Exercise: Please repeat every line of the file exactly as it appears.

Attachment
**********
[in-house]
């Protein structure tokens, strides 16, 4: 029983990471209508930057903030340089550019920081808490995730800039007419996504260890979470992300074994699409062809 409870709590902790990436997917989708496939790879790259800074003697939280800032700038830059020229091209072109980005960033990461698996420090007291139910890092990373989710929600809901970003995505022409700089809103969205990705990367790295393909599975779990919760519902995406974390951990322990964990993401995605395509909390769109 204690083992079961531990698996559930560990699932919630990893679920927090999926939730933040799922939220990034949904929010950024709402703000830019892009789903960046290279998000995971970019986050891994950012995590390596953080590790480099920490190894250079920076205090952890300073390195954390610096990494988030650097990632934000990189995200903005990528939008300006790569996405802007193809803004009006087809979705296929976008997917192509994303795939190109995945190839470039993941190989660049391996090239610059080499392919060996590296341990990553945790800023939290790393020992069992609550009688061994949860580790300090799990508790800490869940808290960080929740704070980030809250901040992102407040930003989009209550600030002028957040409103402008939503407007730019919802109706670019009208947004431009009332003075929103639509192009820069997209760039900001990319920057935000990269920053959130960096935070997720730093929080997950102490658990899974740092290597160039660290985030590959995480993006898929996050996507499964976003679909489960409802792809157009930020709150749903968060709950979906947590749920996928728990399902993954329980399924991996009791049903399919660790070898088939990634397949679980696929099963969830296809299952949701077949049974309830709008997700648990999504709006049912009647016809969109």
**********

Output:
[in-house]
């Protein structure tokens, strides 16, 4: 029983990471209508930057903030340089550019920081808490995730800039007419996504260890979470992300074994699409062809 409870709590902790990436997917989708496939790879790259800074003697939280800032700038830059020229091209072109980005960033990461698996420090007291139910890092990373989710929600809901970003995505022409700089809103969205990705990367790295393909599975779990919760519902995406974390951990322990964990993401995605395509909390769109 204690083992079961531990698996559930560990699932919630990893679920927090999926939730933040799922939220990034949904929010950024709402703000830019892009789903960046290279998000995971970019986050891994950012995590390596953080590790480099920490190894250079920076205090952890300073390195954390610096990494988030650097990632934000990189995200903005990528939008300006790569996405802007193809803004009006087809979705296929976008997917192509994303795939190109995945190839470039993941190989660049391996090239610059080499392919060996590296341990990553945790800023939290790393020992069992609550009688061994949860580790300090799990508790800490869940808290960080929740704070980030809250901040992102407040930003989009209550600030002028957040409103402008939503407007730019919802109706670019009208947004431009009332003075929103639509192009820069997209760039900001990319920057935000990269920053959130960096935070997720730093929080997950102490658990899974740092290597160039660290985030590959995480993006898929996050996507499964976003679909489960409802792809157009930020709150749903968060709950979906947590749920996928728990399902993954329980399924991996009791049903399919660790070898088939990634397949679980696929099963969830296809299952949701077949049974309830709008997700648990999504709006049912009647016809969109």